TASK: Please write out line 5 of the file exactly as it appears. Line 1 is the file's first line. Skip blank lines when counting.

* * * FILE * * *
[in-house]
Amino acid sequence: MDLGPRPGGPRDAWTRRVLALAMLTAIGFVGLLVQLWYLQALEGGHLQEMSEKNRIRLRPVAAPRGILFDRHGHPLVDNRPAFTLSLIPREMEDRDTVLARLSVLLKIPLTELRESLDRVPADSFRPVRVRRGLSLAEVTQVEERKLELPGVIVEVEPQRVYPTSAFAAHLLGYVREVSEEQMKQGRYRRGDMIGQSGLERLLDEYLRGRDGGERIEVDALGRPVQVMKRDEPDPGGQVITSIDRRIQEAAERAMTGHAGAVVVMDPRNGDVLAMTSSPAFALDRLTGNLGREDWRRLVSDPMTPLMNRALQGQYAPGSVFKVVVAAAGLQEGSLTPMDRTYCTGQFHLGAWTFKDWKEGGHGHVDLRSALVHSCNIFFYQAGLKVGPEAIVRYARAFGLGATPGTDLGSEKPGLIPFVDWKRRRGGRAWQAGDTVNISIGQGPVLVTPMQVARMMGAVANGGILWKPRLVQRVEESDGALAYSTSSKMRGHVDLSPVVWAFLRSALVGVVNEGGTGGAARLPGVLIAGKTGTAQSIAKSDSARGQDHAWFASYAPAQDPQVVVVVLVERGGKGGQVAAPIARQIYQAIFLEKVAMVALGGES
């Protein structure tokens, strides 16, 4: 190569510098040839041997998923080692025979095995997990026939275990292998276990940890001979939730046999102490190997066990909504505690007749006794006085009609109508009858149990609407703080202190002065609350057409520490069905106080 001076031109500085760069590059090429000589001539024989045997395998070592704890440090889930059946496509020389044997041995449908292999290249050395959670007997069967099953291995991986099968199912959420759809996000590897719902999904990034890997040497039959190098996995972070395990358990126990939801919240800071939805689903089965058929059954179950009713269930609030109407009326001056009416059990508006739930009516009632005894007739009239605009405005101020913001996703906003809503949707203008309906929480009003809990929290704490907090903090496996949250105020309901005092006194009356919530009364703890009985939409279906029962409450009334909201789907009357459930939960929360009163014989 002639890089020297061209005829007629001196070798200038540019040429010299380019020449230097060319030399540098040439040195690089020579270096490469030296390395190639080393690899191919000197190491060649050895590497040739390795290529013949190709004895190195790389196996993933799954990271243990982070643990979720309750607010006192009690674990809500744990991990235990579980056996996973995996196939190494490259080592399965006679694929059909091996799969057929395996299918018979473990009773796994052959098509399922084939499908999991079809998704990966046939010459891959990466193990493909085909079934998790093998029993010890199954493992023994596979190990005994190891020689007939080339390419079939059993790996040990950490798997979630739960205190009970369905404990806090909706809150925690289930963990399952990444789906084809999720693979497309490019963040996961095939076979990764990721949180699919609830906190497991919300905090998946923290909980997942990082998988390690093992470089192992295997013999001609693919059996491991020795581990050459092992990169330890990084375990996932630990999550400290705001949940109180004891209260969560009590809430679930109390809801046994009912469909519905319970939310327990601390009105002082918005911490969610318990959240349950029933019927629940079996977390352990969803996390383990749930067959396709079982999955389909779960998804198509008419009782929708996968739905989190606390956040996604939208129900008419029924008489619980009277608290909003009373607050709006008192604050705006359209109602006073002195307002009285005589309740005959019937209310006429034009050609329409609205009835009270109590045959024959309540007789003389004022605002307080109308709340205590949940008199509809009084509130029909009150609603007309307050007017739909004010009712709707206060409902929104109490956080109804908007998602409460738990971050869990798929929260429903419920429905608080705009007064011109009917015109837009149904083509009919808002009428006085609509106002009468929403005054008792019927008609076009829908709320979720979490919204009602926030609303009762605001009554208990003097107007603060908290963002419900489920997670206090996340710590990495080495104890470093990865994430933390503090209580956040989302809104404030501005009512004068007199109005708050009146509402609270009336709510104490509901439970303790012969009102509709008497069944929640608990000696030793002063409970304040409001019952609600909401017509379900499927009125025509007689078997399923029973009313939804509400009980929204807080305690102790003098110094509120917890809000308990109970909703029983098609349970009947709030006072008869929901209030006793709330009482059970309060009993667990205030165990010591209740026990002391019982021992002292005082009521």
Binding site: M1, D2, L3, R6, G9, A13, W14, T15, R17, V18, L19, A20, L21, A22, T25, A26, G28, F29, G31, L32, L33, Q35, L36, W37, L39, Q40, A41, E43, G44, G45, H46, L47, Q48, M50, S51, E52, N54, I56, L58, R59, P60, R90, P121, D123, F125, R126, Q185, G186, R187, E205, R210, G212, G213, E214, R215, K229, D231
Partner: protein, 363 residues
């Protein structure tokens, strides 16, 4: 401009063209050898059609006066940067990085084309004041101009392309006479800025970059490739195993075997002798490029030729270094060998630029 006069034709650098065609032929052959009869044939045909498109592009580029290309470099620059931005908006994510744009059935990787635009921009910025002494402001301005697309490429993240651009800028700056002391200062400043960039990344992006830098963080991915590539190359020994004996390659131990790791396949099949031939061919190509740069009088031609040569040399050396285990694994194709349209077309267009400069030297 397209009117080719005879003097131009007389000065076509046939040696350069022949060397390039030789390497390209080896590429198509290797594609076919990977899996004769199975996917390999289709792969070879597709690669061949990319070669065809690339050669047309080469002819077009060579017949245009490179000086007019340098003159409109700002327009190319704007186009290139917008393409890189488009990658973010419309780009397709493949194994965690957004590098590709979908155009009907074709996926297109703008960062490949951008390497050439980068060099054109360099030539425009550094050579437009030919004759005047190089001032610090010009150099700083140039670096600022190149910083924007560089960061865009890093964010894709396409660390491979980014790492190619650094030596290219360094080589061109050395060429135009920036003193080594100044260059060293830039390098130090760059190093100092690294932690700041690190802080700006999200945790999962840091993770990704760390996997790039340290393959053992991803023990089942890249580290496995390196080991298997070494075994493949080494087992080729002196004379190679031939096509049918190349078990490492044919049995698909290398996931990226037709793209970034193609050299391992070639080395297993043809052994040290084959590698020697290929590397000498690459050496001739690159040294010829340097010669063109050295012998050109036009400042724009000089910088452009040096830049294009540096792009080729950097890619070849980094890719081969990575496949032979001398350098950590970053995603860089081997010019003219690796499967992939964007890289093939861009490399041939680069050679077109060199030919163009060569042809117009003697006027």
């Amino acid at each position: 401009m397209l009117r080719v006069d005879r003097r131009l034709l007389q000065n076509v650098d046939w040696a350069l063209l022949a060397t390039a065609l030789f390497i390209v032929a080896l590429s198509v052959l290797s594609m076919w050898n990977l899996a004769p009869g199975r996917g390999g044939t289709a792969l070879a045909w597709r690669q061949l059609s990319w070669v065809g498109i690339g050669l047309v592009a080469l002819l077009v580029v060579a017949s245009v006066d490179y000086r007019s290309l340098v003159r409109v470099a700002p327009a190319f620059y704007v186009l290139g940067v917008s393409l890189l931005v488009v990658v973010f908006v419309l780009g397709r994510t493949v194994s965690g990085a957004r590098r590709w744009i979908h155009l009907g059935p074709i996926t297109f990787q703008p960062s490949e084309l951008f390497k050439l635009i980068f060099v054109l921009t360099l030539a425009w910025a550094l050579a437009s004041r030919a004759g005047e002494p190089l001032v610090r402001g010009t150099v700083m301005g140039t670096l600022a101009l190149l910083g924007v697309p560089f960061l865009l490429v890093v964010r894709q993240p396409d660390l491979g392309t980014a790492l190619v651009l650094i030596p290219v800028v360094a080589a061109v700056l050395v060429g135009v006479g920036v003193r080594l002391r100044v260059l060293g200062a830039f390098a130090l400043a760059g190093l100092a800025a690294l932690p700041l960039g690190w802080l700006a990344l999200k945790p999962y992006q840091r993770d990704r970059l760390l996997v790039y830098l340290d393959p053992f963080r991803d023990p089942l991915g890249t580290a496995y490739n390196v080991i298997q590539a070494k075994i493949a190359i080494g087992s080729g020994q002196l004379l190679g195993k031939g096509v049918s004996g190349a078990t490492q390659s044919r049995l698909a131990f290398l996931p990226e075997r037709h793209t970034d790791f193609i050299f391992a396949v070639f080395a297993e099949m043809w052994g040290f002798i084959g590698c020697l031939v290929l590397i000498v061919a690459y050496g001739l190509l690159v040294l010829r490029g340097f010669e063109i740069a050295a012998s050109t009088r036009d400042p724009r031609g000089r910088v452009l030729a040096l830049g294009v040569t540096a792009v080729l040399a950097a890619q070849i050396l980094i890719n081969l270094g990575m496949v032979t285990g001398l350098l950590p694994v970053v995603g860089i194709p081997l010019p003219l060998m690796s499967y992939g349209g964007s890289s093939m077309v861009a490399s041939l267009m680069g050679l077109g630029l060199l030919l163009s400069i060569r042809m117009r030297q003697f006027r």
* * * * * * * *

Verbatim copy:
Partner: protein, 363 residues